While subbing as an aide in a school gym, I was approached by a 5th grade girl who pointed to her friend sitting beside her on the floor and said, “She told me you were old.”
One of my struggles of living on the autisms spectrum is having a slow response time in conversations. I don’t think quick on my feet. The first thing that pops out of my mouth is one I’d usually like to take back after I have had sufficient time to come up with a far better response.
This was a rare occasion when I had a good answer though. It even surprised me that it came out of my mouth right on the spot. I told the 5th grader, “Tell your friend that maybe she will GET to be old someday.” The girls just looked at one another with their eyes like saucers, mouths wide open, with an expression of “what the heck”. I enjoyed so much in getting the last word that I forgot all about being offended. HA!
My struggle on the job isn’t tying a child’s shoes. It’s understanding that’s what a child wants when a child asks without sticking their foot out. It is a struggle interacting with human beings, pint-sized included. The school ground, like so many other places, is a communication minefield.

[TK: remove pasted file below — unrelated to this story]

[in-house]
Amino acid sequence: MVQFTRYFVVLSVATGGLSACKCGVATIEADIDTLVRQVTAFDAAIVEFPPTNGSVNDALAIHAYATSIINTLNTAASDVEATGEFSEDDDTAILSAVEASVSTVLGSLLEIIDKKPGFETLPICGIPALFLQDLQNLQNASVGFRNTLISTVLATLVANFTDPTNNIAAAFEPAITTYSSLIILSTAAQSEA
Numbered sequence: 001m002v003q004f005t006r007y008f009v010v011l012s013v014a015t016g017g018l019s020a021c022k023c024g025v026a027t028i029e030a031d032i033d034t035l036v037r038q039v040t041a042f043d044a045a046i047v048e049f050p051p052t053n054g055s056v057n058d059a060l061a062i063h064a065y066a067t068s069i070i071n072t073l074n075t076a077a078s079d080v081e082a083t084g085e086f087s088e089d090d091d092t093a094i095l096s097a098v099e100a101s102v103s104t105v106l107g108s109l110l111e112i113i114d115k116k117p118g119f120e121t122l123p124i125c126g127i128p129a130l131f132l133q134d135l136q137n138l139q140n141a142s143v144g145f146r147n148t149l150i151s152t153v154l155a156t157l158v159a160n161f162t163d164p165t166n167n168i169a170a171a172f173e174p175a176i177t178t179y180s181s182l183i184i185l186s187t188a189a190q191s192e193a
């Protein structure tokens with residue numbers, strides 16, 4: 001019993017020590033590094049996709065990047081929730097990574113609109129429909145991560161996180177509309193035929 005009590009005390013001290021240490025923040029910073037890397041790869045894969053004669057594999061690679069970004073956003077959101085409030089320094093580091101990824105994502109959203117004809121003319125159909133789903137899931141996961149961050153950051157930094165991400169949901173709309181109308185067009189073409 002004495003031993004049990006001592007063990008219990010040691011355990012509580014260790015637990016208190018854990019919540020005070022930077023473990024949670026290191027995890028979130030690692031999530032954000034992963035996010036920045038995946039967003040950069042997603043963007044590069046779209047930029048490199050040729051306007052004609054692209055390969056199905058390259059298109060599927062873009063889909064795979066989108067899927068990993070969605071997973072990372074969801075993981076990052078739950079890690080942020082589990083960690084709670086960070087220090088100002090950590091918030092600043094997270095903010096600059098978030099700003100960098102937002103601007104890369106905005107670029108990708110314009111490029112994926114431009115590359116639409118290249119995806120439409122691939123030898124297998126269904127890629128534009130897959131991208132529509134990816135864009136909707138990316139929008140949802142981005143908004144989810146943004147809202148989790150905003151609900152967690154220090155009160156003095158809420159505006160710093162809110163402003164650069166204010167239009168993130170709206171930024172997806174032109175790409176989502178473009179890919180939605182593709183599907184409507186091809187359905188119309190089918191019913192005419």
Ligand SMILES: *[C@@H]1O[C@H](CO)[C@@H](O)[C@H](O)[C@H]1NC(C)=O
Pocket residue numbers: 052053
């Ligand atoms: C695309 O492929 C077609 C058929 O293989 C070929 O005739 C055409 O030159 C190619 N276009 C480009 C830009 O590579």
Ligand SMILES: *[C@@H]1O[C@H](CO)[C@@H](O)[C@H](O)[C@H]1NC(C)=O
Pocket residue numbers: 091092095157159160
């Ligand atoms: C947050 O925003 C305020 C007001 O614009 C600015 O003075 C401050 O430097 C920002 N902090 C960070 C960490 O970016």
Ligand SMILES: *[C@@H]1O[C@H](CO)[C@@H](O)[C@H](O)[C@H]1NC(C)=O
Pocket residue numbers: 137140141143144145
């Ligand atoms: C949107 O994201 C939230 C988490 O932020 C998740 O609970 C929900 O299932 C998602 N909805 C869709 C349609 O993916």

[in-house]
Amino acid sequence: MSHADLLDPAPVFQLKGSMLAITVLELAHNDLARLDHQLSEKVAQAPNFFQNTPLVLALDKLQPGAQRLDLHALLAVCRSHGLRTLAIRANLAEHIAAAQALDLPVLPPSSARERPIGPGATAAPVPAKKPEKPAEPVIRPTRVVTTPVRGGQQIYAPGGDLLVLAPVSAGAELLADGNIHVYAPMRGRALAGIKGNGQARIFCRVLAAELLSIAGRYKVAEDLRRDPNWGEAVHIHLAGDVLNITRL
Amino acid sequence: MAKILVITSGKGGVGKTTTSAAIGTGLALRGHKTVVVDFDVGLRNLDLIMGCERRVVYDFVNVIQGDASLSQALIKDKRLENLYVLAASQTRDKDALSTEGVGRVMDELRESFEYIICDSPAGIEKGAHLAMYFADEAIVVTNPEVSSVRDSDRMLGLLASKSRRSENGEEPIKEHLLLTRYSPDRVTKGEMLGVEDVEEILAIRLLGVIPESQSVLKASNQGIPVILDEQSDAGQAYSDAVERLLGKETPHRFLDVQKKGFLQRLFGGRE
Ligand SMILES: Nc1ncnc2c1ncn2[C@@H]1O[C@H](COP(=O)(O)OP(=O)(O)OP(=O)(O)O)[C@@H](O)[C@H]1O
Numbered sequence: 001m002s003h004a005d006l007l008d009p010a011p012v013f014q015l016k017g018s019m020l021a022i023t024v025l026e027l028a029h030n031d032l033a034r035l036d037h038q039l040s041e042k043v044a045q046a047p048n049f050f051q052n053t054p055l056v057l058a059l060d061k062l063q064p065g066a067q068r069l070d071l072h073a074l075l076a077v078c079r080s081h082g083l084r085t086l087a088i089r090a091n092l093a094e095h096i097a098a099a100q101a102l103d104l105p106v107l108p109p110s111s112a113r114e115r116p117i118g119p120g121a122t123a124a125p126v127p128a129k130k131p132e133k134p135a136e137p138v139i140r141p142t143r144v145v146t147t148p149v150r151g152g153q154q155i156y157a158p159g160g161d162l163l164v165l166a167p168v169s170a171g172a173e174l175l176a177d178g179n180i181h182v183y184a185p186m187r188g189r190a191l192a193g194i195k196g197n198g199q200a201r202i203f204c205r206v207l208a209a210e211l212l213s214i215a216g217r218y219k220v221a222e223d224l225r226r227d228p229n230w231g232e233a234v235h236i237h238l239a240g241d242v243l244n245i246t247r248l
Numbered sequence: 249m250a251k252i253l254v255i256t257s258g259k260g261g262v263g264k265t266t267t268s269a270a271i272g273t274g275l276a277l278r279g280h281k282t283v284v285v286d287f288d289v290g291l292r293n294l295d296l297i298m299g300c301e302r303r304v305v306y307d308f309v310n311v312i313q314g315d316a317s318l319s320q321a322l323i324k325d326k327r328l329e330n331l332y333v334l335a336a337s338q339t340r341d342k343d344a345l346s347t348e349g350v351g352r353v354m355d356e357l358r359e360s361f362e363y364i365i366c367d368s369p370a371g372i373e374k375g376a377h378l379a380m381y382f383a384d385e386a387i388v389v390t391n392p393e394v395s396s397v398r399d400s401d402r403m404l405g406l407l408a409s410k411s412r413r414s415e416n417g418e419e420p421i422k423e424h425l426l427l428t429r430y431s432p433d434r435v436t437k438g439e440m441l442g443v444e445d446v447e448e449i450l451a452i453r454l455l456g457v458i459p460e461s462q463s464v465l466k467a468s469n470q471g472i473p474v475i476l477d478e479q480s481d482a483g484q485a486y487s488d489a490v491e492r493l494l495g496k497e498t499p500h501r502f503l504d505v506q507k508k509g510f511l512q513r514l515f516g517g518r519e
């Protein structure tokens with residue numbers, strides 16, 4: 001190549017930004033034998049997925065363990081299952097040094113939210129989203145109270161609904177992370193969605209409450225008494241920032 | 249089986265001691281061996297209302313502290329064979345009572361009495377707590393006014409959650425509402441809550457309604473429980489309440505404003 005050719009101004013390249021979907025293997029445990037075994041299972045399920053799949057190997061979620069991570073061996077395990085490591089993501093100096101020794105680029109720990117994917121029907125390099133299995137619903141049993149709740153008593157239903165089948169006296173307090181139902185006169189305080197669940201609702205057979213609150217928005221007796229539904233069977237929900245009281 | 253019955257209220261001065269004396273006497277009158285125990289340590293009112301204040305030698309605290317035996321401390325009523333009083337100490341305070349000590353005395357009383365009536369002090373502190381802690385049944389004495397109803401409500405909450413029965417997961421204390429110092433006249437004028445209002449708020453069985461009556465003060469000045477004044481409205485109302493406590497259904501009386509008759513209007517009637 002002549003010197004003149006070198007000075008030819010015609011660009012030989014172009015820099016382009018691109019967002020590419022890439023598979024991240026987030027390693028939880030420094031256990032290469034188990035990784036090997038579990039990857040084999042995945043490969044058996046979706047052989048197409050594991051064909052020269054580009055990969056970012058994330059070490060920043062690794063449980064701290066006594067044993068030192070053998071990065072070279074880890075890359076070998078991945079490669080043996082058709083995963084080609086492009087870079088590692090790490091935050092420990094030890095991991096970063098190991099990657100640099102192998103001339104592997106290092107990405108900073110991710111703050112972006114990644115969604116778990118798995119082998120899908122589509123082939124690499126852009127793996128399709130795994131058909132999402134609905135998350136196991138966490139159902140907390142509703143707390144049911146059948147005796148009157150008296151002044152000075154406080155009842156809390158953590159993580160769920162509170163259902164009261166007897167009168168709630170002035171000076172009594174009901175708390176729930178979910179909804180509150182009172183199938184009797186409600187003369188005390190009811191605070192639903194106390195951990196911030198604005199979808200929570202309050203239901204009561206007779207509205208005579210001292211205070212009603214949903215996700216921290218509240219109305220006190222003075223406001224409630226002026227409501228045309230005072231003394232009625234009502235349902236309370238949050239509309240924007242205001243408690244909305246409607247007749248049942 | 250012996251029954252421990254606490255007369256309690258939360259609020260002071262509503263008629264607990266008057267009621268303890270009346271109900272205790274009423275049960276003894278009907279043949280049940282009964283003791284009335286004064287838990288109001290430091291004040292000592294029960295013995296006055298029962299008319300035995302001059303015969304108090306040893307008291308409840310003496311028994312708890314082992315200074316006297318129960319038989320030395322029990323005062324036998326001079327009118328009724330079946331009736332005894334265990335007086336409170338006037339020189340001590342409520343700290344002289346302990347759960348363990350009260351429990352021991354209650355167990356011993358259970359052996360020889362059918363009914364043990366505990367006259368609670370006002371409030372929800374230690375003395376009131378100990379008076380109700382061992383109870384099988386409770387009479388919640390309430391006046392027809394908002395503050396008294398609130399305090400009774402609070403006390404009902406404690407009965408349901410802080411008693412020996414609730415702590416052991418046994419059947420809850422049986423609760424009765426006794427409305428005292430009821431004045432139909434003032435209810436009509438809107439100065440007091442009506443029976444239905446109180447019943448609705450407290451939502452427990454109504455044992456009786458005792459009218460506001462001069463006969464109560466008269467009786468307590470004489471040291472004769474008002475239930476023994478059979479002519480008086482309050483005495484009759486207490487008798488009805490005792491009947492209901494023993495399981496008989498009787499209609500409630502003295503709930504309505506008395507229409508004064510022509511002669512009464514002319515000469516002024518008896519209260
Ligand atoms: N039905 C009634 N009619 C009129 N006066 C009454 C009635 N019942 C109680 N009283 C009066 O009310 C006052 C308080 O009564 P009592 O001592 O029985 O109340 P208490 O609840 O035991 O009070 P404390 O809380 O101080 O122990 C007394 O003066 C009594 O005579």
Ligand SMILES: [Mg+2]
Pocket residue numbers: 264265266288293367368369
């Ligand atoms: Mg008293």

Such as I have a tendency to take what someone says literally. I often miss their true message unless they finally give up on me and say literally what they should have said in the first place. A simple example is someone saying “we need to ….”. The person really means “ME” instead of “we”.
This reminds me of another student in another school gym who came up to me and asked, “If you don’t drink water, can you get sick?” I had her repeat that twice. HA! It was one of those one-of-a-kind questions. I just never know what a child approaching me is going to say. My answer wasn’t just a simple yes. I elaborated too much. She responded with, “Well, when I don’t drink water, I don’t get sick.” This child was making me want to go somewhere and pace the floor, or sit and do some rocking or bite my nails. I told her she’d get sick if she didn’t drink water after so many days.
That’s when she finally got to the point of the conversation. She asks, “Can I go get a drink of water?”
Kids…you gotta love ’em!